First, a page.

Know Before You Go: Introduction to Avalanche Courses and Directory

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Know Before You Go: Introduction to Avalanche Courses and Directory

As blissful and peaceful as backcountry skiing may seem, it’s the seasoned backcountry traveler that understands the true risk

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As blissful and peaceful as backcountry skiing may seem, it’s the seasoned backcountry traveler that understands the true risks inherent to the sport. While ski movies make it look like exploring off-piste is all untouched powder and uninterrupted face shots, the reality of backcountry skiing is much more serious. Avalanches result in the deaths of around 150 people worldwide on an average year, and nearly 90-percent of the time the victim or another person in the victim’s party is responsible for triggering the deadly slide.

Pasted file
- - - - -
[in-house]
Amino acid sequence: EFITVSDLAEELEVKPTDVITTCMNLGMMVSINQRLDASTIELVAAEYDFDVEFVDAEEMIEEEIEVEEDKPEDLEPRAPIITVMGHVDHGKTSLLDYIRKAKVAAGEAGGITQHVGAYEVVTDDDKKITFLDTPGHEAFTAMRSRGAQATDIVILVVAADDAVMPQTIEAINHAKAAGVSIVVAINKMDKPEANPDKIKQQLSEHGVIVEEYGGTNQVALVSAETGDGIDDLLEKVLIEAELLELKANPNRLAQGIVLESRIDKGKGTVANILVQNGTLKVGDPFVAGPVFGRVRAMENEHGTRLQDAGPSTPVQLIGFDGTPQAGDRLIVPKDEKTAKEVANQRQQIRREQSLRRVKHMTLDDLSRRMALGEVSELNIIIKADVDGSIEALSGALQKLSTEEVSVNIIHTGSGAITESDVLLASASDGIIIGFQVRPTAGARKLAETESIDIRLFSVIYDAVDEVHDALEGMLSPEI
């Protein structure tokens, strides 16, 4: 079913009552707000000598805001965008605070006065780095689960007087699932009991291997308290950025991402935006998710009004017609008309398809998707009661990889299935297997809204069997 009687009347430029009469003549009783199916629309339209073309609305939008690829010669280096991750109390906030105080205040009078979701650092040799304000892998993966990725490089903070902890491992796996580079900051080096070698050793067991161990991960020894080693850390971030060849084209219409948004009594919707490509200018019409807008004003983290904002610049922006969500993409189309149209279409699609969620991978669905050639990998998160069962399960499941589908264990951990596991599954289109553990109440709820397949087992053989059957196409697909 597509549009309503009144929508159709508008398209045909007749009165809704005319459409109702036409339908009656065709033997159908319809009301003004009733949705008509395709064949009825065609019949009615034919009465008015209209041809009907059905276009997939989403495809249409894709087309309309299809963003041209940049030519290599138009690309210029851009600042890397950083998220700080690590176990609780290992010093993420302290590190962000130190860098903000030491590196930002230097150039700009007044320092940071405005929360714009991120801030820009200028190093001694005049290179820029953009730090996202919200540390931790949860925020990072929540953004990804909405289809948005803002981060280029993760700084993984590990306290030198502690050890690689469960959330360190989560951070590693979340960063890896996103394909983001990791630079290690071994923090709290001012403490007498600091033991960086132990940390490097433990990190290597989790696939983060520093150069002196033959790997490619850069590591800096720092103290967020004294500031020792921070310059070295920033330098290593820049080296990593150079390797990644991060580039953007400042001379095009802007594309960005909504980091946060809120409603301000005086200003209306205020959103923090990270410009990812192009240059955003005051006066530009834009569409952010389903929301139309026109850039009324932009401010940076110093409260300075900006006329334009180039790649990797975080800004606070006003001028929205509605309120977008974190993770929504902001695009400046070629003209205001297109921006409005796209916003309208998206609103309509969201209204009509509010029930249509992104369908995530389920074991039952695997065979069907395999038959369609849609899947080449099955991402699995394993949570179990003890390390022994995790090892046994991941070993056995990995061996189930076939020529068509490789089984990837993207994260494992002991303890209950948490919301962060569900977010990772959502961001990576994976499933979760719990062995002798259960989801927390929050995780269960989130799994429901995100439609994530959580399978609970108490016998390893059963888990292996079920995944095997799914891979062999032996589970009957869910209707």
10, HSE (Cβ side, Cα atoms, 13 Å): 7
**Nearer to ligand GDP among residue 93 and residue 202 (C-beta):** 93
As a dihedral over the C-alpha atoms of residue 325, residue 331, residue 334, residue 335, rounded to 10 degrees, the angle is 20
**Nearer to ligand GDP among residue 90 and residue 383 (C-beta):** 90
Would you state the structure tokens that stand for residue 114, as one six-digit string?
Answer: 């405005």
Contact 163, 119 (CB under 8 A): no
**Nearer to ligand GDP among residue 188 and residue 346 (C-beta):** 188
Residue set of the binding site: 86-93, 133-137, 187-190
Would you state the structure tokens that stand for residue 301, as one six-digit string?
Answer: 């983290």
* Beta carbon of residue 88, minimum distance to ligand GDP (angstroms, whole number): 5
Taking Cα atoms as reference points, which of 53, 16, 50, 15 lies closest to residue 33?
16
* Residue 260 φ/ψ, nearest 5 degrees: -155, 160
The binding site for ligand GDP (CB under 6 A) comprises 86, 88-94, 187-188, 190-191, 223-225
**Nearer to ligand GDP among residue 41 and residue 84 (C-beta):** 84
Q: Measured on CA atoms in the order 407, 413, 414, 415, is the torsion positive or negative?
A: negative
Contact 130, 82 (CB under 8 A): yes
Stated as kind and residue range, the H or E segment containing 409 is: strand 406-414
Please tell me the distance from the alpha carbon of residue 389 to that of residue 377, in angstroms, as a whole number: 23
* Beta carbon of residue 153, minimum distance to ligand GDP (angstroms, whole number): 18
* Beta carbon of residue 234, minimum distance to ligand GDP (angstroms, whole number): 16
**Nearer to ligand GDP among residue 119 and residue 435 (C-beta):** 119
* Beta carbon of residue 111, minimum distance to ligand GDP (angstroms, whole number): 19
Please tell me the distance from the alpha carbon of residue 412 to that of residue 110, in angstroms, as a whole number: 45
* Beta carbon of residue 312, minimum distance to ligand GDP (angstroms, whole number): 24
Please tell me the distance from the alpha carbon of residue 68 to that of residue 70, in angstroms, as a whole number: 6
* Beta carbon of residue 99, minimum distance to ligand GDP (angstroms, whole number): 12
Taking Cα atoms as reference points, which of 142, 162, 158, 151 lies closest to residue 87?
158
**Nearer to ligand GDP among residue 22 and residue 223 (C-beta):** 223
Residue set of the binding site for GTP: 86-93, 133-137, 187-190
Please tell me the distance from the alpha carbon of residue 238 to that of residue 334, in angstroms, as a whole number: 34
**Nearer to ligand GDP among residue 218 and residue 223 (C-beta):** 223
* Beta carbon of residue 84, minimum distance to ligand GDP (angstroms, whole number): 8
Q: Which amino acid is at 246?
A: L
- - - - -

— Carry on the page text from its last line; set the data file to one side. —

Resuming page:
From understanding what gear you need, to recognizing terrain traps and tell-tale signs of an unstable snowpack, avalanche courses are key for a safe and successful backcountry experience, every time you venture out of bounds. To gain a better understanding of the different avalanche courses available to the ski community and which courses YOU should take, FREESKIER caught up with Bruce Edgerly, co-founder of backcountry safety equipment brand, Backcountry Access.